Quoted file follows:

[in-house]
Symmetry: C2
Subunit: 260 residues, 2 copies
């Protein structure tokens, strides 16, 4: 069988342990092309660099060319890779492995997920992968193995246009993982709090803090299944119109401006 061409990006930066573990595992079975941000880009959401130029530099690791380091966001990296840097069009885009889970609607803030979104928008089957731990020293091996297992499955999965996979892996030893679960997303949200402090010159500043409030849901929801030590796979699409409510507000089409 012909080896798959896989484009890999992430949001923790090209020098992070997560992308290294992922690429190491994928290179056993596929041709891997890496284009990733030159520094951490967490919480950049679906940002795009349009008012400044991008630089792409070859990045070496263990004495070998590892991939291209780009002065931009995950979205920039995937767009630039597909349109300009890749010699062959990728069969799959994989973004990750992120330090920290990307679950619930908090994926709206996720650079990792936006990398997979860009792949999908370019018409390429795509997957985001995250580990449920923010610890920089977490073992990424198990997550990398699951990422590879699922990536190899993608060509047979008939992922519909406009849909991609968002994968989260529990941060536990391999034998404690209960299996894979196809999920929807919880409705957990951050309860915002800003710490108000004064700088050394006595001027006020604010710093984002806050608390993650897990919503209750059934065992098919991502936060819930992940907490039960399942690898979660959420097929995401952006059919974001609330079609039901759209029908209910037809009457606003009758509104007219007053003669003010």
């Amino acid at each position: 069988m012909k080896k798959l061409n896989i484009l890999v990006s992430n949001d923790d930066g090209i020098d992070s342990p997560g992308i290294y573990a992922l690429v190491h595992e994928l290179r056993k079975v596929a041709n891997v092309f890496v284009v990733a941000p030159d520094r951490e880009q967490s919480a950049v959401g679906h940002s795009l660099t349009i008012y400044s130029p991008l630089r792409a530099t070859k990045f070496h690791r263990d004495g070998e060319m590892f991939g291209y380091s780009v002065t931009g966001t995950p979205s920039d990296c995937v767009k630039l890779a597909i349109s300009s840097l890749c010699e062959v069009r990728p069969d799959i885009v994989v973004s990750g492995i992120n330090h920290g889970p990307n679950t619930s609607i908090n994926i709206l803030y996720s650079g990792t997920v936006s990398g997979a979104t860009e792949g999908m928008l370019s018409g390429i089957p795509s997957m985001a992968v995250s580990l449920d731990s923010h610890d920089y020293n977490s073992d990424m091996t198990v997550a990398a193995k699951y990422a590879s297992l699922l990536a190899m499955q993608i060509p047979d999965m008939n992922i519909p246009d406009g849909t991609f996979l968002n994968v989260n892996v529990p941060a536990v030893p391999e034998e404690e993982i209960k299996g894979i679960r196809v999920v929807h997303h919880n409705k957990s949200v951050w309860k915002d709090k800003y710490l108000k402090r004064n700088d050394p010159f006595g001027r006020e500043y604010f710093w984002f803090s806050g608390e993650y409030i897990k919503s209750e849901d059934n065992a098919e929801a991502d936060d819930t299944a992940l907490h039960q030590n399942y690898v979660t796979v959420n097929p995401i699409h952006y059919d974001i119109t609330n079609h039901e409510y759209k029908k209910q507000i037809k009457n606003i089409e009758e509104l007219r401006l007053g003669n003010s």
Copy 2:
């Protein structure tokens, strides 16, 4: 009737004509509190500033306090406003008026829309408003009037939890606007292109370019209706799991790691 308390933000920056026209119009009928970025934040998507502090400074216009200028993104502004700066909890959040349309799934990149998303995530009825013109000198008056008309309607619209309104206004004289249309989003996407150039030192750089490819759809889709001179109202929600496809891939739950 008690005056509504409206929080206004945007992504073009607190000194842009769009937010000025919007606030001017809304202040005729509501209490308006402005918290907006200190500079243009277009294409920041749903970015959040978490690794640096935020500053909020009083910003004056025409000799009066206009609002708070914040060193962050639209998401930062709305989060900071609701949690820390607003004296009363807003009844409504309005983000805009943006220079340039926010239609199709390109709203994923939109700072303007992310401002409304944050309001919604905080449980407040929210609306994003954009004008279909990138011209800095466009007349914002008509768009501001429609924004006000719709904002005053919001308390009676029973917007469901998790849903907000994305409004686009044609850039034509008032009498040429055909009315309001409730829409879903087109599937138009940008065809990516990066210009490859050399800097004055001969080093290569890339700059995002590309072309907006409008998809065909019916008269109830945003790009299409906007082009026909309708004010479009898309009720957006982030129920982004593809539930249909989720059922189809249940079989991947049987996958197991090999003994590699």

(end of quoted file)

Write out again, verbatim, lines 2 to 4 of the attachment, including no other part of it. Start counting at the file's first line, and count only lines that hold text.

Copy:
Symmetry: C2
Subunit: 260 residues, 2 copies
């Protein structure tokens, strides 16, 4: 069988342990092309660099060319890779492995997920992968193995246009993982709090803090299944119109401006 061409990006930066573990595992079975941000880009959401130029530099690791380091966001990296840097069009885009889970609607803030979104928008089957731990020293091996297992499955999965996979892996030893679960997303949200402090010159500043409030849901929801030590796979699409409510507000089409 012909080896798959896989484009890999992430949001923790090209020098992070997560992308290294992922690429190491994928290179056993596929041709891997890496284009990733030159520094951490967490919480950049679906940002795009349009008012400044991008630089792409070859990045070496263990004495070998590892991939291209780009002065931009995950979205920039995937767009630039597909349109300009890749010699062959990728069969799959994989973004990750992120330090920290990307679950619930908090994926709206996720650079990792936006990398997979860009792949999908370019018409390429795509997957985001995250580990449920923010610890920089977490073992990424198990997550990398699951990422590879699922990536190899993608060509047979008939992922519909406009849909991609968002994968989260529990941060536990391999034998404690209960299996894979196809999920929807919880409705957990951050309860915002800003710490108000004064700088050394006595001027006020604010710093984002806050608390993650897990919503209750059934065992098919991502936060819930992940907490039960399942690898979660959420097929995401952006059919974001609330079609039901759209029908209910037809009457606003009758509104007219007053003669003010």